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Fetal Alcohol Spectrum Disorders

​Fetal alcohol spectrum disorders (FASDs) is an umbrella term used to describe the range of effects that can occur in an individual whose mother drank alcohol during pregnancy. These effects can have lifelong implications including physical, mental, behavior, and or learning disabilities.

The exact number of children who have an FASD is difficult to determine. The Centers for Disease Control and Prevention (CDC) estimates between 800 and 8,000 babies in the U.S. could be born each year with full FAS.

Conditions on the FASD Spectrum

The term FASD encompasses a number of conditions:

Fetal Alcohol Syndrome (FAS)

FAS is on the most severe end of the FASD spectrum. It describes people with the greatest alcohol effects, causing signs and symptoms so distinct that the diagnosis is based on special measurements and findings in each of the 3 following areas:

  • Three specific facial abnormalities: smooth philtrum (the area between nose and upper lip), thin upper lip, small palpebral fissures (the horizontal eye openings)
  • Growth deficit (lower than average height, weight or both)
  • Central nervous system (CNS) abnormalities (structural, neurologic, functional, or a combination of these)

Partial fetal Alcohol Syndrome (pFAS)

When a person does not meet the full diagnostic criteria for FAS but has a history of prenatal alcohol exposure and some of the facial abnormalities, as well as a growth problem or CNS abnormalities that person is considered to have partial FAS (pFAS).

Alcohol-Related Neurodevelopmental Disorder (ARND)

People with ARND do not have abnormal facial features or growth problems, but do have problems with how their brain and nervous system were formed as well as how they function. These individuals may have:

In particular, a 2011 federally convened committee that reviewed the science noted that these children are most likely to have problems with neurocognitive development, adaptive functioning, and or behavior regulation.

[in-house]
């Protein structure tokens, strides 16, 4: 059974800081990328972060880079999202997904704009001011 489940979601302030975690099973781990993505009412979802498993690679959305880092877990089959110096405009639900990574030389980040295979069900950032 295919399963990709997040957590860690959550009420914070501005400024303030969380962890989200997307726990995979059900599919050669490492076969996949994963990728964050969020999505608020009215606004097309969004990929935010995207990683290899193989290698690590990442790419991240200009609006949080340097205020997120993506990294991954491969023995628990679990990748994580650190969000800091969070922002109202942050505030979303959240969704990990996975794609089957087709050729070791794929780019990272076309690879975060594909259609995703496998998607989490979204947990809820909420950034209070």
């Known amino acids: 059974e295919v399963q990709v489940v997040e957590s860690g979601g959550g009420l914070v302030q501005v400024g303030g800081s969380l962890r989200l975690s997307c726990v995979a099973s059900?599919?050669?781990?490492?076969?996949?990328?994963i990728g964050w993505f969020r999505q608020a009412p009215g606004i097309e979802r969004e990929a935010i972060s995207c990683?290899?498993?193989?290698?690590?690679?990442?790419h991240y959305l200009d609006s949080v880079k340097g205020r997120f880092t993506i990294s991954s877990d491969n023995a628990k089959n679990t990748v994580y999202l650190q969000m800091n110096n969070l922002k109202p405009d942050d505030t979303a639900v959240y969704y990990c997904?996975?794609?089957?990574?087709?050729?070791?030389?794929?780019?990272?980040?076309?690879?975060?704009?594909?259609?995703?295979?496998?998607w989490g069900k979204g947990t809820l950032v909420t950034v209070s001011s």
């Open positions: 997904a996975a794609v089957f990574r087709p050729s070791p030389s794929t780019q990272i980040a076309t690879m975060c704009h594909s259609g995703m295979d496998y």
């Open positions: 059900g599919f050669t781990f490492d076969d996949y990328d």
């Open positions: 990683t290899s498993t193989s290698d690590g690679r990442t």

Alcohol-Related Birth Defects (ARBD)

People with ARBD have problems with how some of their organs were formed and or how they function, including:

  • Heart
  • Kidney
  • Bones (possibly the spine)
  • Hearing
  • Vision

These individual also may have one of the other FASDs.


FASDs can happen only when a pregnant woman consumes alcohol. The alcohol crosses the placenta and enters the baby’s blood where it can damage the developing brain and other organs leading to an FASD. FASDs are 100% preventable if a woman does not drink alcohol during pregnancy.


It is difficult to diagnosis FASDs, because there is no single or simple test that can cover the broad range of FASD signs and symptoms. Certain physical findings, developmental problems, behavioral concerns, or school failure should trigger the parents and or the pediatric medical home provider or other pediatric developmental specialist to consider FASDs as potential diagnoses. A known history of alcohol consumption during the pregnancy aids in diagnosis but is not required for diagnosis of an FASD.​

Children with an FASD can have brain abnormalities that lead to problems in day-to-day functioning despite having a normal IQ, so a comprehensive evaluation is indicated. All children with involvement in foster care or adoption processes, especially international adoptions, should always be evaluated for a possible FASD.


No one treatment is right for every child, as FASD differs from one child to another. FASDs need a medical home to provide, coordinate, and facilitate all the necessary medical, behavioral, social, and educational services. Many types of available treatments include:

  • Developmental services
  • Educational interventions
  • Behavior modification
  • Parent training
  • Social skills training
  • Medications
  • Other medical therapies
  • Transition planning
  • Advocacy in school and the workplace
  • Referral for community support services

Treatment plans should be adaptable to the child’s and family’s needs, plus include close monitoring and follow-up.

Outlook for Children with FASDs

FASDs last a lifetime. There is no cure for FASDs, but identifying children with FASDs as early as possible can help them reach their potential. Research has shown that early identification and enrollment in treatment can significantly improve an affected child’s development and life.

Additional Resources:

Last Updated
Adapted from Fetal Alcohol Syndrome Toolkit (Copyright © American Academy of Pediatrics 2012)
The information contained on this Web site should not be used as a substitute for the medical care and advice of your pediatrician. There may be variations in treatment that your pediatrician may recommend based on individual facts and circumstances.
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